The Business plan goes like this:
Simon Cowell starts a talent show.
Simon Cowell signs various of the 'artists' (see them in video1).
Simon Cowell gives the winner a song to sing, so that he/she/it can top the charts at Christmas, the biggest sales period.
Simon Cowell makes money from all of the above.
Simon Cowell 'owns' the Christmas number one, four years running. or should I say 'owned'?
UNTIL this year! It's been announced, a Facebook campaign to buy up Rage Against the Machine's single from 1992 (particularly for its anti-establishment content) has given the now defunct band the CHRISTMAS NUMBER ONE in the UK.
The music charts are of no consequence, especially in these serious times. Also, look at the 350 000 fools who actually bought Cowell's cowpatties at 4 quid each! Don't they have any brains? Aren't they sick of hearing the same old crap in a slightly different guise? Don't they feel manipulated?*
Being that Rage Against the Machine is a band which is much more interested in making people wise to our sick society than the average band, I think they were a good choice (I've named my other blog after one of their songs).
I was glad to see that the single 'Killing in the Name' was being sold for 30 pence, so as not to make much money for Sony. For their part, the band will donate the winnings to Shelter, which is a charity dedicated to providing housing for the poor, in the UK for example.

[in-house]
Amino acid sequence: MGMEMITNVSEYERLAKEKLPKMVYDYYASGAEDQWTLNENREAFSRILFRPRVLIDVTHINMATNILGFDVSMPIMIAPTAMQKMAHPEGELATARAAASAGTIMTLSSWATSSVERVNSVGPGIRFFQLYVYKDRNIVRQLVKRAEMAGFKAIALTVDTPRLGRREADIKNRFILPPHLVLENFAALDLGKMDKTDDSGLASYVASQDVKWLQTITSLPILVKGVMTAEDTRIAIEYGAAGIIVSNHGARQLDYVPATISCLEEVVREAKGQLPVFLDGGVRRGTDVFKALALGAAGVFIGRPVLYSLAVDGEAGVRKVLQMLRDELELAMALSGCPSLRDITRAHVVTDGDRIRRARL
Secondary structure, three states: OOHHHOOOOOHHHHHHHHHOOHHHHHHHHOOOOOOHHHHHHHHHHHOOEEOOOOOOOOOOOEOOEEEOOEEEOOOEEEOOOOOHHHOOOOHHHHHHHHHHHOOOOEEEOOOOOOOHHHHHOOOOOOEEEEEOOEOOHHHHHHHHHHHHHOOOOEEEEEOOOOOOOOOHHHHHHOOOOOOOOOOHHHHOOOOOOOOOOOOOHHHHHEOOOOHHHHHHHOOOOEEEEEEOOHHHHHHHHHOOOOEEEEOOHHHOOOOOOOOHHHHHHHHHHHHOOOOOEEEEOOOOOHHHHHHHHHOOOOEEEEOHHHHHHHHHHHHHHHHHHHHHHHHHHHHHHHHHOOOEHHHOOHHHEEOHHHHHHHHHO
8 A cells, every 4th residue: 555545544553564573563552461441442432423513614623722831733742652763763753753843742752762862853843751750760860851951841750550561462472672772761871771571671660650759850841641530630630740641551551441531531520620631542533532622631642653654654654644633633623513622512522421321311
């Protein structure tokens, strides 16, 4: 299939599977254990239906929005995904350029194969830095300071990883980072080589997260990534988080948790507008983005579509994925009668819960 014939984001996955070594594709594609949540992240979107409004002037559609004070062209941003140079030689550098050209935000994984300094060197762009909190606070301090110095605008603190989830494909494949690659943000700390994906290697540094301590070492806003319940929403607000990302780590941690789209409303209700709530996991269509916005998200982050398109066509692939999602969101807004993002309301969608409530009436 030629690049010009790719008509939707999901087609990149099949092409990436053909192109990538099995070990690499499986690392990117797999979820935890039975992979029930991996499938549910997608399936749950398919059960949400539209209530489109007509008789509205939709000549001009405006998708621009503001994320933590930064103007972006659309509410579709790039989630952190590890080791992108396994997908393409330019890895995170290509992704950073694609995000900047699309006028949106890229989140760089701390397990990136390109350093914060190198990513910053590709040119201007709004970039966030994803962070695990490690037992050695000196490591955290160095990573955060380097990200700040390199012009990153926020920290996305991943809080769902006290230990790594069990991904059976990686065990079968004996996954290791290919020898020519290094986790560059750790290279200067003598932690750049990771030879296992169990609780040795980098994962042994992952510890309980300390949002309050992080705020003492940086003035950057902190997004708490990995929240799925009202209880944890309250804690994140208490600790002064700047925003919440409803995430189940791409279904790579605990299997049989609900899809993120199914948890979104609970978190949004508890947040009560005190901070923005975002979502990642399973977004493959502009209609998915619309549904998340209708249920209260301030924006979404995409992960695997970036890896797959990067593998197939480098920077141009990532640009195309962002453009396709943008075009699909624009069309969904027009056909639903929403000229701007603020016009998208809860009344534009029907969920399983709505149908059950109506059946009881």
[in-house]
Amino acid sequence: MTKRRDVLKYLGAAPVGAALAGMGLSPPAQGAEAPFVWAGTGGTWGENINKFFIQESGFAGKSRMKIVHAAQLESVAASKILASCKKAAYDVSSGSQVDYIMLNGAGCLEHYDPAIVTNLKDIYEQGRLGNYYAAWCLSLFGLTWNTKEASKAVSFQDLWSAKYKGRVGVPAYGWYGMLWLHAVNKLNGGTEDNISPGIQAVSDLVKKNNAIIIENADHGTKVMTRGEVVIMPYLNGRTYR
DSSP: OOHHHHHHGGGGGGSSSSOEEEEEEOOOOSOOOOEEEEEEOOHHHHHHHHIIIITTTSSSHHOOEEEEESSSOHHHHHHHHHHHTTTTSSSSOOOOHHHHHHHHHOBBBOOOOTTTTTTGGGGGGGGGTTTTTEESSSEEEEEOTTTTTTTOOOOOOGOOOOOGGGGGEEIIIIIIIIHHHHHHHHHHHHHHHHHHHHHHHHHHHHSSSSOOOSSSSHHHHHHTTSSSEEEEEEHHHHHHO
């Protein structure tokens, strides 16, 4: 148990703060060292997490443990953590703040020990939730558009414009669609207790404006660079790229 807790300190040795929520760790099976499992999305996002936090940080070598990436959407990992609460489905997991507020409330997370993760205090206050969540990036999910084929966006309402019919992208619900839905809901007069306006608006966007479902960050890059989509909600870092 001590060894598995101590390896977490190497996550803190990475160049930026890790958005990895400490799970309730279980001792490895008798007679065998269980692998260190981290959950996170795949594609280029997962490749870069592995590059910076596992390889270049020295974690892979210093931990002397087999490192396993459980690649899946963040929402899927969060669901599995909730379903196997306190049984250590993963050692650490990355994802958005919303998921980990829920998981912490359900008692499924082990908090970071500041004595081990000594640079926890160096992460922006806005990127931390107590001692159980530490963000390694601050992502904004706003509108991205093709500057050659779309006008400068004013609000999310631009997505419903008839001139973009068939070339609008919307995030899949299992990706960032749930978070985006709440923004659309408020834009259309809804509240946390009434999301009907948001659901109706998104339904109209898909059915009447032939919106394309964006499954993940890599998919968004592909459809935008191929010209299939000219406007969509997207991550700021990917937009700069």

Which charities does the multi-millionnaire Cowell fund?
Here's the song, chock full of profanity directed at those who would control our behaviour (i.e. conning us into buying sh*tty records). I think that the song reacts to the politeness which is forced upon us every day and which makes us perfect victims for bosses, business and government."Fl%&*k you, I won't do what you tell me"
Karoake never felt so good!
-->the lip-sync version
--> the live, audience sing-along version
* The music business, far from being about the rebellion that it seems to represent, is all about Robin-Hood-in-reverse redistribution of wealth from the poor-and-stupid to the rich and musical. That's why I never pay full price for any music, preferring car boot sales and charity shop specials. Musicians don't need my help.